## Section3.2Output pins

The pins of most microcontrollers can be configured to function as output pins, meaning that the voltage on the pin can be controlled by software. If we connect the pin to other circuitry, we can control those circuits using software.

### Subsection3.2.1Output pins

The circuit below is a simplified model of the circuit which drives an output pin. Each output pin has a copy of this circuit which can be independently controlled.

There are two electrically-controlled switches connected to the output. One is connected to Vdd (power), and the other is connected to ground. By opening and closing the switches, it is possible to control the voltage at the pin, and therefore to drive external circuitry. Play around with the circuit for a bit until you get a feel for how it works.

This circuit can be in one of four possible states:

1. Top switch closed, bottom switch open: the top switch makes a direct connection between Vdd and the pin, so the pin voltage will be Vdd (relative to ground). The bottom switch is open, so it does not affect the output. This is called a "high" output, or a "logic 1".

2. Top switch open, bottom switch closed: the bottom switch makes a direct connection between the pin and ground, so the pin voltage will be zero (relative to ground). This is called a "low" output, or a "logic 0".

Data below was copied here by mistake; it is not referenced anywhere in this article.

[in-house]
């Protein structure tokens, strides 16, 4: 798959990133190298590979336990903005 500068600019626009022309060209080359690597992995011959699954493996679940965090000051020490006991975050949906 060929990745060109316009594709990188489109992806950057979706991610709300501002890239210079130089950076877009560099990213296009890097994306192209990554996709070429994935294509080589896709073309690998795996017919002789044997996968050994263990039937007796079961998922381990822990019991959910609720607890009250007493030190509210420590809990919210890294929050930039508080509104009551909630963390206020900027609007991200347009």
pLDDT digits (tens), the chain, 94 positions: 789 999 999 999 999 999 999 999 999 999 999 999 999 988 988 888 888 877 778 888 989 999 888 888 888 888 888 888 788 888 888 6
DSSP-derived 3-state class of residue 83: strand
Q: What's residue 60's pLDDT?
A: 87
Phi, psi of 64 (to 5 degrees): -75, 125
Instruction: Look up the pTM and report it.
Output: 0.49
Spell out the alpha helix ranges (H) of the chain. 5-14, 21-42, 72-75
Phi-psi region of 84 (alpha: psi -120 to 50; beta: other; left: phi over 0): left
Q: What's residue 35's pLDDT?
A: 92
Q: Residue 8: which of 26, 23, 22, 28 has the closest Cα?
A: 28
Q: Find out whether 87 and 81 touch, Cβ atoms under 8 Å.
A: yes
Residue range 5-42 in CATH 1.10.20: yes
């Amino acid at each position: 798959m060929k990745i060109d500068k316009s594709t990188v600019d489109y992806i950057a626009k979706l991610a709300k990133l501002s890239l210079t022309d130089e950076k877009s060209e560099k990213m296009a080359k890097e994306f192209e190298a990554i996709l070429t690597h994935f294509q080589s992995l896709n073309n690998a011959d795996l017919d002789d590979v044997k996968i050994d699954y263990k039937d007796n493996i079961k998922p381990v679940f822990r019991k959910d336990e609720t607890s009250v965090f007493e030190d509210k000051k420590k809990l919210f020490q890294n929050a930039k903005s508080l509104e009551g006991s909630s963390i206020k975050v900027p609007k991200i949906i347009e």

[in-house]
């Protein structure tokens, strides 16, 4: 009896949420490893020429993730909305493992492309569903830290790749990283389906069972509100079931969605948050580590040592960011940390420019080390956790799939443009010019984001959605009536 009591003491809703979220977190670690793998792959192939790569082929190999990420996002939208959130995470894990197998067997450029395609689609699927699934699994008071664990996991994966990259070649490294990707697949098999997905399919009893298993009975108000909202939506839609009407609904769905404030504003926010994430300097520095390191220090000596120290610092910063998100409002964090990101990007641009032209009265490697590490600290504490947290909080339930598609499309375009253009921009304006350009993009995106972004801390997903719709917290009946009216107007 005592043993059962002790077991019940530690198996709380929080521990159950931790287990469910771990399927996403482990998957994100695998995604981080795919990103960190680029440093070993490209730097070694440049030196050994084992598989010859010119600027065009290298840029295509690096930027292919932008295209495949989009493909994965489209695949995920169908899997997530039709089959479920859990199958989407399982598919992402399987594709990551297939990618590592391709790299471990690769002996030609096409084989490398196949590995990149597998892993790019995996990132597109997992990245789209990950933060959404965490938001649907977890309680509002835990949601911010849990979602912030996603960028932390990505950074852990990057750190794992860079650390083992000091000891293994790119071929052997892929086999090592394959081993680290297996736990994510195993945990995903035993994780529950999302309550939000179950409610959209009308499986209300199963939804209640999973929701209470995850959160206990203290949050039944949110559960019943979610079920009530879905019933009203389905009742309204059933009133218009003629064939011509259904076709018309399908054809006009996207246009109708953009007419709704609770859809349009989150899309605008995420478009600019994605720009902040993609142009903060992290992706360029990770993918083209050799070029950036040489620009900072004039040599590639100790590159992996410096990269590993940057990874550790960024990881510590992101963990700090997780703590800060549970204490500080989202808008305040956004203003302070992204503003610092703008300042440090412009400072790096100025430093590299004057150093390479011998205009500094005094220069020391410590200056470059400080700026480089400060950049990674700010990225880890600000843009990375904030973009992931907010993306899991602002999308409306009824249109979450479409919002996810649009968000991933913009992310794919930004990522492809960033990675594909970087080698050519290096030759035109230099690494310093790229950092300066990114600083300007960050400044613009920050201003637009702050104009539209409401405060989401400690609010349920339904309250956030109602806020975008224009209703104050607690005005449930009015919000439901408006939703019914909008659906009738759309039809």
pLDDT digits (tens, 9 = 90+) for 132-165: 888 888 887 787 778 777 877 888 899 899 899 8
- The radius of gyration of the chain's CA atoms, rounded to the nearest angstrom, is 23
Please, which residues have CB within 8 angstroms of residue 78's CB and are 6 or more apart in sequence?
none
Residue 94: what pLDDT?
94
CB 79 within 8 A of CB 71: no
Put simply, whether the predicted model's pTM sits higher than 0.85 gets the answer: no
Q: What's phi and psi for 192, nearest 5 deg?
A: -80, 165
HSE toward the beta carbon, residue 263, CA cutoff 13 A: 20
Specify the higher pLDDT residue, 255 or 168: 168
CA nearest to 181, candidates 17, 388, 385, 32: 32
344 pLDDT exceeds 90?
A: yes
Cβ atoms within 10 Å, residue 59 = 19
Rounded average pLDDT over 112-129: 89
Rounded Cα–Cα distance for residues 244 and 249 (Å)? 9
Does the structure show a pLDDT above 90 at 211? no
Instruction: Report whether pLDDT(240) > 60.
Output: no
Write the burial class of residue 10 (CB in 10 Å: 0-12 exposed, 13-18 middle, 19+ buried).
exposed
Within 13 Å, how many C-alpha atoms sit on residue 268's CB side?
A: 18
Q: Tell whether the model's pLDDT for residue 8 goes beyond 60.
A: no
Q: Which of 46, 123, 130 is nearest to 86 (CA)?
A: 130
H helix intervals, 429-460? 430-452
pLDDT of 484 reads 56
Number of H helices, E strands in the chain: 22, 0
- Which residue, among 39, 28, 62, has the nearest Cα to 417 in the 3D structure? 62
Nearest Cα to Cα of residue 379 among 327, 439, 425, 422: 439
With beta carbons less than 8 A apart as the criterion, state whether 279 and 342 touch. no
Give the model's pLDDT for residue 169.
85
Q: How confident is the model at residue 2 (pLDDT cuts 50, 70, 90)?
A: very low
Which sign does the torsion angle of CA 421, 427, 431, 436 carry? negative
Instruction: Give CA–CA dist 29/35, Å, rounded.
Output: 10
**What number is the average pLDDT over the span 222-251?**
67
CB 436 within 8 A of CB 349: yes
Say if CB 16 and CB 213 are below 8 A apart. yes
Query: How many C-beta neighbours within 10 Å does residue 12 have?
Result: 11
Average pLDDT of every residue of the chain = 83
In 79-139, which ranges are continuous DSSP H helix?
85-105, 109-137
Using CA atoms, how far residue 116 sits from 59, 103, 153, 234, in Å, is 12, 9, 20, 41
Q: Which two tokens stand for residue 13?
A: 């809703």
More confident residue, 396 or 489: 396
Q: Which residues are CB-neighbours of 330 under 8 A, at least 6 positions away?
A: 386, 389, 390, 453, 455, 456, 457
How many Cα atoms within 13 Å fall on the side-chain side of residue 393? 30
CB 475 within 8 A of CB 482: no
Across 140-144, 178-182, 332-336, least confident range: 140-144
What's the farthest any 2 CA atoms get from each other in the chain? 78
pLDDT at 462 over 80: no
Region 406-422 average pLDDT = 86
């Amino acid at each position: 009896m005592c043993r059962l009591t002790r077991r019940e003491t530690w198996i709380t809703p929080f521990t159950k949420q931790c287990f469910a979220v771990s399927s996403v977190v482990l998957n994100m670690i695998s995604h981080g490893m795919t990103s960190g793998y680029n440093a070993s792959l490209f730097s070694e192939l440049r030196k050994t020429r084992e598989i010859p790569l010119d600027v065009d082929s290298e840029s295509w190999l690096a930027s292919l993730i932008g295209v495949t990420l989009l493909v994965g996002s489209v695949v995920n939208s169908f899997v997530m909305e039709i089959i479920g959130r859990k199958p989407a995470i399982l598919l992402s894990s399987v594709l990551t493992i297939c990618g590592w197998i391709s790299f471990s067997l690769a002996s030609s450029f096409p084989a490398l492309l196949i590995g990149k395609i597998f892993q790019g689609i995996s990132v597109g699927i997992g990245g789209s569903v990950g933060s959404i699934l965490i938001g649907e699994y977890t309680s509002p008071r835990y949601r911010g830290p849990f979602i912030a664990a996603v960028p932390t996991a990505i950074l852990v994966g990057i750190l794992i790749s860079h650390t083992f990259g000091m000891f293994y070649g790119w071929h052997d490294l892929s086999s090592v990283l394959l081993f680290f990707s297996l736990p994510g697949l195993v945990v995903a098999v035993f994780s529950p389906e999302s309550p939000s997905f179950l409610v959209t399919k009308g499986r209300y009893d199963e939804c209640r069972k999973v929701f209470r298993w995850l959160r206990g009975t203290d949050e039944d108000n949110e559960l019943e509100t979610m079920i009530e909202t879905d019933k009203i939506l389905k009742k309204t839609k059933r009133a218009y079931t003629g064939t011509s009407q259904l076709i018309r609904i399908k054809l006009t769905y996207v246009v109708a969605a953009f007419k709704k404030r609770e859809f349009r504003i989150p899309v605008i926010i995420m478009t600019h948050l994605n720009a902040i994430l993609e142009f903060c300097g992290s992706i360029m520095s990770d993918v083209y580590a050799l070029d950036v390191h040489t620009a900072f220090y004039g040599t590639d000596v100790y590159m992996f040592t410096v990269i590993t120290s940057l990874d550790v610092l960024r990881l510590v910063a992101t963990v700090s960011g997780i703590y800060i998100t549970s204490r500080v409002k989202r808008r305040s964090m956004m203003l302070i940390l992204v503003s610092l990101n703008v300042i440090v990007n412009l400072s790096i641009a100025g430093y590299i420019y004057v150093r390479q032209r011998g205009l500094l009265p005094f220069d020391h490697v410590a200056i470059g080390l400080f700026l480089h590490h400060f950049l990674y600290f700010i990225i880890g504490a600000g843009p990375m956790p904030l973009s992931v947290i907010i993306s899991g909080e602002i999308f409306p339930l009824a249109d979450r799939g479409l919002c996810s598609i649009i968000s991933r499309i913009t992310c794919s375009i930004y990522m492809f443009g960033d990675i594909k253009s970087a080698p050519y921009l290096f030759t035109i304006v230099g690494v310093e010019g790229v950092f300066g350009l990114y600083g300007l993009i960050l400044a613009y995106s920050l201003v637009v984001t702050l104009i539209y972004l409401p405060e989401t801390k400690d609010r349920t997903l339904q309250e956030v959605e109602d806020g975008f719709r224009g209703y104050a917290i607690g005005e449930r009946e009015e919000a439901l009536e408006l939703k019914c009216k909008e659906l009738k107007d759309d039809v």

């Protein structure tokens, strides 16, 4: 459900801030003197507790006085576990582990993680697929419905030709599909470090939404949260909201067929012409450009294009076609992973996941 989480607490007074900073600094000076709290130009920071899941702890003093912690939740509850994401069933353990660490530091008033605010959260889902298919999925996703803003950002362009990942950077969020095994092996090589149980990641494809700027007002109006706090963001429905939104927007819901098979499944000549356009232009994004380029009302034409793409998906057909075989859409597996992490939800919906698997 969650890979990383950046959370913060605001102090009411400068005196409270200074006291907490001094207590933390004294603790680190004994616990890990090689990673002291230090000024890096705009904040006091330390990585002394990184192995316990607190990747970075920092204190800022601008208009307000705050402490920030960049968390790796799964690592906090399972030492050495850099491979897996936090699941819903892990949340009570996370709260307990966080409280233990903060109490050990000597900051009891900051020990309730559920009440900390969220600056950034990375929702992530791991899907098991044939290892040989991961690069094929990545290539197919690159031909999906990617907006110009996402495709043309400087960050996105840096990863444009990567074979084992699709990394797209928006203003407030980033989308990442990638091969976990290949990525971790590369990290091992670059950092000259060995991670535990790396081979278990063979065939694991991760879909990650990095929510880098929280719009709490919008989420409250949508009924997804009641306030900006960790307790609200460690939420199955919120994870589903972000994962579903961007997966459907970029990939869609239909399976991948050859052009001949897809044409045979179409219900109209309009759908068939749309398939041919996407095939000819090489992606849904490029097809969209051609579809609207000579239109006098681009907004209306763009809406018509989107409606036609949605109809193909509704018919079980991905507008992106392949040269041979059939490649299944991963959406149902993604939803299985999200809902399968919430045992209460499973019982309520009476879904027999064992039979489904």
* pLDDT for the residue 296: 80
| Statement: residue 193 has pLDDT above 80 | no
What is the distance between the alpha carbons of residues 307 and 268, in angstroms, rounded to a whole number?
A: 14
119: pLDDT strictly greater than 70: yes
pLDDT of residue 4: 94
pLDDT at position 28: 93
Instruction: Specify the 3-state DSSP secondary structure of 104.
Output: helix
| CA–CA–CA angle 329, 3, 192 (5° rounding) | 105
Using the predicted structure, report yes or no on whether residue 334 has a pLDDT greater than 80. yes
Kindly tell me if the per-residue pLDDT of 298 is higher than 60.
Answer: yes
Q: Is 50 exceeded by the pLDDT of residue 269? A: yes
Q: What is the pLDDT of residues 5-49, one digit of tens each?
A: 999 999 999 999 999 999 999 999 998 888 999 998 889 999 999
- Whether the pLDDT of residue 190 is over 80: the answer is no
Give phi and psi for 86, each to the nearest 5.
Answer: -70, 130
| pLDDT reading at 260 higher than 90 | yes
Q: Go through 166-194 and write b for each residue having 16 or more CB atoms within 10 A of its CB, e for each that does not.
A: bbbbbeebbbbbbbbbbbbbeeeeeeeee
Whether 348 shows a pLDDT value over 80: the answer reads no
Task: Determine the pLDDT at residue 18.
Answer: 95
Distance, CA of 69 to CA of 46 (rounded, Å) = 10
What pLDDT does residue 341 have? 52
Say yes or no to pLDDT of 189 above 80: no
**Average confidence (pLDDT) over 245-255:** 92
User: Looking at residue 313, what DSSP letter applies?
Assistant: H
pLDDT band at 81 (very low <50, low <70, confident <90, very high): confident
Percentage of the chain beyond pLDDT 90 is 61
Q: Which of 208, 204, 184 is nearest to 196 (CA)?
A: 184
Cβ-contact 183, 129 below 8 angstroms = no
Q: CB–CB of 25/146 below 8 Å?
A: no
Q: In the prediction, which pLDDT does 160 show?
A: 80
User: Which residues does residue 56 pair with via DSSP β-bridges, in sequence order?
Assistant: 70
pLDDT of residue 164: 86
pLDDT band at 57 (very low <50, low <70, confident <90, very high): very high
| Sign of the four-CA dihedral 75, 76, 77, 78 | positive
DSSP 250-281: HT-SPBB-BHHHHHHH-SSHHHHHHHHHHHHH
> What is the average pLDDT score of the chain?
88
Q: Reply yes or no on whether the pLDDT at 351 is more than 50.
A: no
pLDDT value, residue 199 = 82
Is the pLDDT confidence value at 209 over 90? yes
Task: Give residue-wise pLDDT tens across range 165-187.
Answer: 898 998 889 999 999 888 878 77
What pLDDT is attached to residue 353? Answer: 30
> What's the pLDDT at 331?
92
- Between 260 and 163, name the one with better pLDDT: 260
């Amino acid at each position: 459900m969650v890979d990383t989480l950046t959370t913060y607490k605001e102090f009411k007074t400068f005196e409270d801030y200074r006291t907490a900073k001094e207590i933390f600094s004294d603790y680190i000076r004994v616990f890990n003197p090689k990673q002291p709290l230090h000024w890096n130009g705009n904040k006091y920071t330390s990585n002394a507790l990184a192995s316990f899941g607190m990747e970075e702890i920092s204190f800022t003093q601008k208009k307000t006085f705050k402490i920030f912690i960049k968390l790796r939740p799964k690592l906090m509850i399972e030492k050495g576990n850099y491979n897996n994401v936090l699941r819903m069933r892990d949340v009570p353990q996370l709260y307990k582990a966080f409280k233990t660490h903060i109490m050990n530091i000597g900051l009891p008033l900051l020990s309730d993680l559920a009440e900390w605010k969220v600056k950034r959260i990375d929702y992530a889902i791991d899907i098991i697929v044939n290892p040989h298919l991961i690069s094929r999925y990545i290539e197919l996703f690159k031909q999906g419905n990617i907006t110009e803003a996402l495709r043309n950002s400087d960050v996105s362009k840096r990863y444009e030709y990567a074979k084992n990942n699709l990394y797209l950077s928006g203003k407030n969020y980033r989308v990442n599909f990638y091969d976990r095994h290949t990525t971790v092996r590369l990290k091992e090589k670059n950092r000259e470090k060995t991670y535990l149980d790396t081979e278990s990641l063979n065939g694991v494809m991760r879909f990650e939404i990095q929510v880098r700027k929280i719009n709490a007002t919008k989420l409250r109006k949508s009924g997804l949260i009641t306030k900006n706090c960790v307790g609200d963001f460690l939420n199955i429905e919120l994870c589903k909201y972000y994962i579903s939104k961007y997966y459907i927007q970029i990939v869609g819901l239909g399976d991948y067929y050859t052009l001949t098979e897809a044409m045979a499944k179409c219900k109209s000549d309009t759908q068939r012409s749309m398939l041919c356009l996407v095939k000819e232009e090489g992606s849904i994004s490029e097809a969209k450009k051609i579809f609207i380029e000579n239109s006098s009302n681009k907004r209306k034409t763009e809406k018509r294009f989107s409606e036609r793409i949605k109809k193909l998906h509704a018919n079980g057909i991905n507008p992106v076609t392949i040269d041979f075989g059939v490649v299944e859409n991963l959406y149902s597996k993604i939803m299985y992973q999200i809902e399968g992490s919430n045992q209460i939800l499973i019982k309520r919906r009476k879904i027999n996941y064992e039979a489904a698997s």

3. Both switches open: The pin is not connected to anything, so current will not flow in or out. This is called "floating".

4. Both switches closed: This creates a direct connection between Vdd and ground, causing a large current to flow directly from the power supply to ground. This is not only a waste of power; it is also likely to cause the chip to melt. As a result, the microcontroller is generally designed so that this isn't possible. (If you try this in the simulator above, you'll see that it halts the simulation.)

### Subsection3.2.2Controlling output pins with MicroPython

Now that you know what an output pin can do, let's look at how to control one with MicroPython. Here's an example to get started:

from machine import Pin
led = Pin(10, Pin.OUT)
led.on()


Let's break this down one line at a time. The first line, from machine import Pin is like any other import statement we've seen so far. It simply loads a library so that we can use its functions and objects.

Next, the code calls the Pin() constructor function and saves the result in the variable led. You could call led anything you'd like. But as with any other variable, you should give it a descriptive name that makes it easy to understand what your code does. The Pin() constructor takes two parameters: the pin number on your development board, and the mode to use for the pin. Most pins can be inputs or outputs (more on that later), but in this case we configure it as an output by specifying Pin.OUT.

Finally, we can set the pin to be high or low using the on() and off() functions. In the example, led.on() sets the output pin high (scenario 1 above). Writing led.off() would set the output pin low (scenario 2).

#### Warning3.2.2.

Note that "off" means "pin connected to ground", and not "pin disconnected". This is unfortunate terminology, because an external circuit might require a low voltage (logic 0) to turn it on (i.e., operate as active-low).

If you're working with such a circuit, you might find it less confusing to use the Pin.value() function. In the example above, led.value(0) would set the pin low (logic 0) and pin.value(1) would set the pin high.